"You can have 50 modifications in a sequence - there is virtually no limit," Shumbera says. "This method allows for the DNA or RNA to be more chemically diverse, meaning there's a better chance of creating a molecule with a particularly high affinity and specificity for the target."

Building the Future of Medicine
The process is now in use by the company, which has also made it commercially available so anyone can make their own aptamers. The kit is so simple that anyone with basic biochemistry lab skills can use it easily, Shumbera says. "We have university customers, our prototype users, who have freshmen undergraduates select X-Aptamers using our kits. The bead-based process simplifies aptamer selection tremendously."

In addition to helping diagnose diseases, X-Aptamers could also be used to carry and attach a chemotherapy drug to a tumor, sparing other parts of the body from receiving the treatment. "It could help usher in the next big revolution in terms of how we diagnose and treat patients," Shumbera says.

One aptamer drug, Pegaptanib, has already gotten FDA approval, and Shumbera believes diagnostic applications aren't far behind. He sees a bright future for aptamers, especially for NASA uses. The agency is working with other companies to create a hardware platform that can perform analysis in space, helping to diagnose and possibly treat ailments while astronauts are thousands or millions of miles from Earth.

To learn more about this NASA spinoff, read the original article from Spinoff 2016.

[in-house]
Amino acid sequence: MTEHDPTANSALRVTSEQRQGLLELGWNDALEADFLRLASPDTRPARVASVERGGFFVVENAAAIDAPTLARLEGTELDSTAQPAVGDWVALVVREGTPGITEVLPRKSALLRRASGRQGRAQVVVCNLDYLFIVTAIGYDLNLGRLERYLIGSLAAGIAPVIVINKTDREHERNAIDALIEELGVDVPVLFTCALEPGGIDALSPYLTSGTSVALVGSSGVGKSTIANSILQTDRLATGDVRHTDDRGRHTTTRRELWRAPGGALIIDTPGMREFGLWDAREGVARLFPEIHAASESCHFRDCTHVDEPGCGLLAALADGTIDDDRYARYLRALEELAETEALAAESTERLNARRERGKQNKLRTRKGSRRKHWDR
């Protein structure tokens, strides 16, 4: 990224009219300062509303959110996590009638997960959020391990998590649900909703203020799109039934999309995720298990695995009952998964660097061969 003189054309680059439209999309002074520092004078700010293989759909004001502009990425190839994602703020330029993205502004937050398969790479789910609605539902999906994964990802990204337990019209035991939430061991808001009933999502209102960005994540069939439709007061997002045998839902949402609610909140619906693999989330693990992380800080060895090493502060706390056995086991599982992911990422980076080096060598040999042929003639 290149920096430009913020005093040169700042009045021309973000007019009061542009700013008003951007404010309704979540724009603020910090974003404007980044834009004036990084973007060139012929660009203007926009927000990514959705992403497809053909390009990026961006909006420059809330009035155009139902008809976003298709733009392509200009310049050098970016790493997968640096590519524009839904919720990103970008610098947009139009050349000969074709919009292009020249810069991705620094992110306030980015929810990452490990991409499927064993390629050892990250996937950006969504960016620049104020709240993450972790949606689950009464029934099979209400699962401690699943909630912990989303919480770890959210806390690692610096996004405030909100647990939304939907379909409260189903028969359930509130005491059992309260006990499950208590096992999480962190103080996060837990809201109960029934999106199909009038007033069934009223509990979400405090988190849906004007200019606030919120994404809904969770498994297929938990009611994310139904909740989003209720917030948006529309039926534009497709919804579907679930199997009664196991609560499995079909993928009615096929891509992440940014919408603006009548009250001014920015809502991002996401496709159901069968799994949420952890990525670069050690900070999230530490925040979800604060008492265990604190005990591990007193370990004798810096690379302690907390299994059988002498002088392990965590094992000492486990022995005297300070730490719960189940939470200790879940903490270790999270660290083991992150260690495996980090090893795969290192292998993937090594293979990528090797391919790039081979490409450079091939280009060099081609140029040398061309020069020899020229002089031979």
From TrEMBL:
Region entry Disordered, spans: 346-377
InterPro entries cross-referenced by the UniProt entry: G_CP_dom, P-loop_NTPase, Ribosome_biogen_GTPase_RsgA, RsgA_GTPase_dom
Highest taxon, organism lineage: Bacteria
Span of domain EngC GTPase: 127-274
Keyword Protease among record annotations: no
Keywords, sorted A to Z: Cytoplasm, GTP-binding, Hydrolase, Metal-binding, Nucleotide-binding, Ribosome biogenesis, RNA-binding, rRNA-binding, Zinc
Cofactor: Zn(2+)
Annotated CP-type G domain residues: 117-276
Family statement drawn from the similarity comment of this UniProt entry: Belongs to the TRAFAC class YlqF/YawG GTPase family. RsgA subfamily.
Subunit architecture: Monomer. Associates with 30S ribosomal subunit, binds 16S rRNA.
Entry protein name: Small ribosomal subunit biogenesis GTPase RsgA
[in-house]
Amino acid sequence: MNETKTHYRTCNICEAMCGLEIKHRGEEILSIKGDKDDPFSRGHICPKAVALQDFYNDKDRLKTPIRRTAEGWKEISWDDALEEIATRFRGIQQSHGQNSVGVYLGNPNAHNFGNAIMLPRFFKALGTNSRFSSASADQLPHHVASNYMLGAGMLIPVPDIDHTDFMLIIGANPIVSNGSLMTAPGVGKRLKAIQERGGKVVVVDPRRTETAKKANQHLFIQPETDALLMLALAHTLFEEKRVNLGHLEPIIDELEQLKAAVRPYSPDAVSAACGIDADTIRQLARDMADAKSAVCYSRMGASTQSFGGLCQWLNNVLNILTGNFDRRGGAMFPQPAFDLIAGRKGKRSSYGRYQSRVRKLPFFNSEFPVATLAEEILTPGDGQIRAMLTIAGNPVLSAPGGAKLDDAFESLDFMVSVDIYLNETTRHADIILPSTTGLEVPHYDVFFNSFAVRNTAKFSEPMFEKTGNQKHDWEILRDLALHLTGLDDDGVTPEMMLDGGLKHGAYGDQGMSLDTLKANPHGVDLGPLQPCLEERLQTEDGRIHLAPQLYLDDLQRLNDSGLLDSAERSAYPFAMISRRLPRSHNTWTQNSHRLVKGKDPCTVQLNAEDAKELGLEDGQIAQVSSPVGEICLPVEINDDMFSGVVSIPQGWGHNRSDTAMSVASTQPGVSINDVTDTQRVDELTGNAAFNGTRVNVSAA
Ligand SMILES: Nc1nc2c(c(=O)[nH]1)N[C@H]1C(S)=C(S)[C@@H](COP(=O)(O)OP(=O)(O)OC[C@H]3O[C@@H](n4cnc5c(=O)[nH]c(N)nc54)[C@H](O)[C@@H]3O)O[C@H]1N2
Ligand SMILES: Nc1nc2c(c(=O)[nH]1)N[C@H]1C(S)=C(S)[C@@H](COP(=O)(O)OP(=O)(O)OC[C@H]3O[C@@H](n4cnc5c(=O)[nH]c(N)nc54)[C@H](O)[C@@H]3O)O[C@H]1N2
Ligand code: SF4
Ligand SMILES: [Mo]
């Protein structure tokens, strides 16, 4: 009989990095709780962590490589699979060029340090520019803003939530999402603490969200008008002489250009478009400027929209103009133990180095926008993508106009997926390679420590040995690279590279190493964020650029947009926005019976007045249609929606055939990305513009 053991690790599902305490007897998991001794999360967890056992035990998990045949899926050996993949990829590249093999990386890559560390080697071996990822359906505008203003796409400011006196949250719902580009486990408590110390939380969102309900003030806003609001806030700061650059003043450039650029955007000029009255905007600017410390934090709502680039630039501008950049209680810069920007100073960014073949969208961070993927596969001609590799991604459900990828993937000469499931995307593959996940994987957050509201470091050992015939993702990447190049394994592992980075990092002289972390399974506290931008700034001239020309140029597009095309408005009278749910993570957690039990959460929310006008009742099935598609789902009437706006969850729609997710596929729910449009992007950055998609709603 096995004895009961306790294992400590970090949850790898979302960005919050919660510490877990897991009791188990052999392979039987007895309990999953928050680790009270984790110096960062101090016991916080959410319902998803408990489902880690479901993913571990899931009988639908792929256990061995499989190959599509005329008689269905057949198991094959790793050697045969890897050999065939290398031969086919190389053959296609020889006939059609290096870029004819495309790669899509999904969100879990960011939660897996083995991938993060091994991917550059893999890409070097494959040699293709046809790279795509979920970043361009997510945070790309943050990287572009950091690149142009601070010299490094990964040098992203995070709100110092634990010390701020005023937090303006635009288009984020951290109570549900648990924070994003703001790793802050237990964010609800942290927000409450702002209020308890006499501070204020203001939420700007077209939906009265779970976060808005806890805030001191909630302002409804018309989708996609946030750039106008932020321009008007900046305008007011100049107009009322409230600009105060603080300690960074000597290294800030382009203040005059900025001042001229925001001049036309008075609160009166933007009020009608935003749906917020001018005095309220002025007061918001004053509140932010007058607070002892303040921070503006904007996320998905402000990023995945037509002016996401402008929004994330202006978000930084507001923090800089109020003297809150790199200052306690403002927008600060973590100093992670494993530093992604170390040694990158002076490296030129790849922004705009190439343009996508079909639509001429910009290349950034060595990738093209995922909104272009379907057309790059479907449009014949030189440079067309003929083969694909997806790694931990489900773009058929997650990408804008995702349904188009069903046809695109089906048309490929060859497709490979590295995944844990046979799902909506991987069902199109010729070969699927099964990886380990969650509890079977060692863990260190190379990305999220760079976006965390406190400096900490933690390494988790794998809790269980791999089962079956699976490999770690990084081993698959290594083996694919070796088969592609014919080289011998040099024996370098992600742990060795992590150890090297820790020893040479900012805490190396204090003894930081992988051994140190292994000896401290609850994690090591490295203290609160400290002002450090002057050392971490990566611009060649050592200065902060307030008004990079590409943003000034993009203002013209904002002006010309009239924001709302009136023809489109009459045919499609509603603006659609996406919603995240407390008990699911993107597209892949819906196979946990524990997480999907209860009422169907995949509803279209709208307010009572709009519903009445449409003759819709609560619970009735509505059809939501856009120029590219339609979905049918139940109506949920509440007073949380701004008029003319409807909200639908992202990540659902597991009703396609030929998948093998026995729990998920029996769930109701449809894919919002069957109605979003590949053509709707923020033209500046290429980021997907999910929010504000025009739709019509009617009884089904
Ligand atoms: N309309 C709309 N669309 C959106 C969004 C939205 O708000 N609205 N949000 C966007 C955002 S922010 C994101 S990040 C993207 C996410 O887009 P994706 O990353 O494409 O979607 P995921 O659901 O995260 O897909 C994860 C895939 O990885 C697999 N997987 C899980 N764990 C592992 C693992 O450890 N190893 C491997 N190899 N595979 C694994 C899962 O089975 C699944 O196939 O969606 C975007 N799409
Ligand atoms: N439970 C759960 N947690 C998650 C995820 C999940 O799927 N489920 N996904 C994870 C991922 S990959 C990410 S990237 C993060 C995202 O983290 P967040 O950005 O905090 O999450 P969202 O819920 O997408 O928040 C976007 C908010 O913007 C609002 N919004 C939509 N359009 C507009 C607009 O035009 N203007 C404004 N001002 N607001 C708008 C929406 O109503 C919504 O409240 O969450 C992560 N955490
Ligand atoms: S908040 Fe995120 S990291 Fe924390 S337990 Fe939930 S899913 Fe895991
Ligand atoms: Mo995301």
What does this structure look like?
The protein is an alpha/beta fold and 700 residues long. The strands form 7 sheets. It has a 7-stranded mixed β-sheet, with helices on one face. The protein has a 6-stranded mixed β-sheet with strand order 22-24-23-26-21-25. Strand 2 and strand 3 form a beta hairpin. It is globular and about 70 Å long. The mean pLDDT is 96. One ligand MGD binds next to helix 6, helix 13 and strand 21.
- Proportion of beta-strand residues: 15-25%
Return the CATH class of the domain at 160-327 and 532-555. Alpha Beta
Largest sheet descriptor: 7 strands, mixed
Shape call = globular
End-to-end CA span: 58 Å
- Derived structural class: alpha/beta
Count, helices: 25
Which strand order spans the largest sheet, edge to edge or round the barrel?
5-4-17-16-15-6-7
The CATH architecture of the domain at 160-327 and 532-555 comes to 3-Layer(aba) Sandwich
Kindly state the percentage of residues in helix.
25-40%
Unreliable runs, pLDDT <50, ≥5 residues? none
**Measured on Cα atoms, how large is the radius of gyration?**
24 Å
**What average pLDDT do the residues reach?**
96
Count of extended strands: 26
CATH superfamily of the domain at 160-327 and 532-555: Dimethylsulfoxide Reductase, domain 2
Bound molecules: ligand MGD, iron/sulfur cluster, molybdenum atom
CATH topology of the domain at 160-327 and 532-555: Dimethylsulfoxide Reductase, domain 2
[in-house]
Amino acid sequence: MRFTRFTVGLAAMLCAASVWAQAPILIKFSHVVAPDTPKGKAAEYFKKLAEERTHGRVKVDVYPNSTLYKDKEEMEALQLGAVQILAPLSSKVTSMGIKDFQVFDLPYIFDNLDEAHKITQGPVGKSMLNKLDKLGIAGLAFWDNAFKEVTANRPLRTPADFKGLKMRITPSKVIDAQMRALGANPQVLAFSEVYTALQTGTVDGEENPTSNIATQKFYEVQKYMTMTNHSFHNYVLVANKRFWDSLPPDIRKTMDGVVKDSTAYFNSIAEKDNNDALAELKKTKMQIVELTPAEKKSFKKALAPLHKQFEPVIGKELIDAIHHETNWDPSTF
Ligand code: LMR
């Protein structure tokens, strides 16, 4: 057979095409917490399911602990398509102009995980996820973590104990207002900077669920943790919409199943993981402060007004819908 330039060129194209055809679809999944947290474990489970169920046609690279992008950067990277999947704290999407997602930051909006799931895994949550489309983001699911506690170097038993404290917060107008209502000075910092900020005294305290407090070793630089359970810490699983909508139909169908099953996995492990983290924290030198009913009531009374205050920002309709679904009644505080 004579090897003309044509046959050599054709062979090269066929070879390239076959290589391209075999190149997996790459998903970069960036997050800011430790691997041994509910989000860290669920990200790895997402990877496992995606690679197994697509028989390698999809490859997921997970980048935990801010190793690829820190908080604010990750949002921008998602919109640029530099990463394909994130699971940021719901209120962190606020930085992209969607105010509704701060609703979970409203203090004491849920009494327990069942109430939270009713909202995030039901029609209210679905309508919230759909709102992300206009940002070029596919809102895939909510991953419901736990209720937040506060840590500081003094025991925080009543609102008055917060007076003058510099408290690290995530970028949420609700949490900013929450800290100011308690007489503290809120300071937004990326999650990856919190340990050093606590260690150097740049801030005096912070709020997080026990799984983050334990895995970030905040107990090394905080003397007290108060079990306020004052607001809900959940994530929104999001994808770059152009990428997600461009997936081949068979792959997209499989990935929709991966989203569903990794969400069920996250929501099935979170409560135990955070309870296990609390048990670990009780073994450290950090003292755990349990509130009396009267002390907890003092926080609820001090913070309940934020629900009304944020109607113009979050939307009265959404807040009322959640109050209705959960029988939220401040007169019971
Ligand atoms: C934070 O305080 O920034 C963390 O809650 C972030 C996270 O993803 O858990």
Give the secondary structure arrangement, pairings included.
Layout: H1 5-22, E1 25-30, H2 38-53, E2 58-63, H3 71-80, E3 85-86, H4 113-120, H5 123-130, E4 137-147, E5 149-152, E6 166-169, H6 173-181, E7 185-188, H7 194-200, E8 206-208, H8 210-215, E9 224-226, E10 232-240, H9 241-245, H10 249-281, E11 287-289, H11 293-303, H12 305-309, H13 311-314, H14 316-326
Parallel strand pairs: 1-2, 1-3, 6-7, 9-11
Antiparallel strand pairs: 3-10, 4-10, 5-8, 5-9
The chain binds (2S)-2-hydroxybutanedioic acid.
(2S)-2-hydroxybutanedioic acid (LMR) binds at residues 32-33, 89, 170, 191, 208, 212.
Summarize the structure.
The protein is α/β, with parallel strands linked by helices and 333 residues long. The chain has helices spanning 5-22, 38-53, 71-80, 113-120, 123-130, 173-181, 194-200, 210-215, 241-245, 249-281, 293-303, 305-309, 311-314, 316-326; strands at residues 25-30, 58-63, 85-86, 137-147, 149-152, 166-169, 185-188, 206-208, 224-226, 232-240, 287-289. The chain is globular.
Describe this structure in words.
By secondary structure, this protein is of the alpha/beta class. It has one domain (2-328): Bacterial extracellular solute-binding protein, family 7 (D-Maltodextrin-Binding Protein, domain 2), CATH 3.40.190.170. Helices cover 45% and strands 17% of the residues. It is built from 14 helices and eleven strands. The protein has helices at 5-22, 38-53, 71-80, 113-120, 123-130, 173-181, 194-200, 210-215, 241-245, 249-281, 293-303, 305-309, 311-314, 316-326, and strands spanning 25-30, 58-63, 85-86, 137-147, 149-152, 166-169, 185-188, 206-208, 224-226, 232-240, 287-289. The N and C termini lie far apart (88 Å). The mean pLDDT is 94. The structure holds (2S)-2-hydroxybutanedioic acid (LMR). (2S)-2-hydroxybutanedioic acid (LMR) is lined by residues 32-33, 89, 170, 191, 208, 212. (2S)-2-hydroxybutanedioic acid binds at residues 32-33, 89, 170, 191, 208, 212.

Thanks for being here;
We need your help. The SpaceDaily news network continues to grow but revenues have never been harder to maintain.

With the rise of Ad Blockers, and Facebook - our traditional revenue sources via quality network advertising continues to decline. And unlike so many other news sites, we don't have a paywall - with those annoying usernames and passwords.

Our news coverage takes time and effort to publish 365 days a year.

If you find our news sites informative and useful then please consider becoming a regular supporter or for now make a one off contribution.
SpaceDaily Contributor
$5 Billed Once

credit card or paypal
SpaceDaily Monthly Supporter
$5 Billed Monthly

paypal only


Related Links
Technology at NASA
Space Tourism, Space Transport and Space Exploration News

Comment on this article via your Facebook, Yahoo, AOL, Hotmail login.

Share this article via these popular social media networks
del.icio.usdel.icio.us DiggDigg RedditReddit GoogleGoogle

Previous Report
Space-Related Budget Requests for FY17
Bethesda MD (SPX) Mar 29, 2016
Last month, the President submitted his final budget requests to Congress for Fiscal Year 2017. The unclassified space-related funding requests that impact U.S. space activities in exploration, commerce and national security are addressed here. The principal agencies that are affected are NASA, FAA and DOD. The total budget request for NASA is $19 Billion. Of this total $790 million have b ... read more

Ancient Polar Ice Reveals Tilting of Earth's Moon

The Lunar Race That Isn't

Permanent Lunar Colony Possible in 10 Years

China to use data relay satellite to explore dark side of moon

Mars Express keeps watch on frosty Martian valleys

HiRISE: 45,000 Mars Orbits and Counting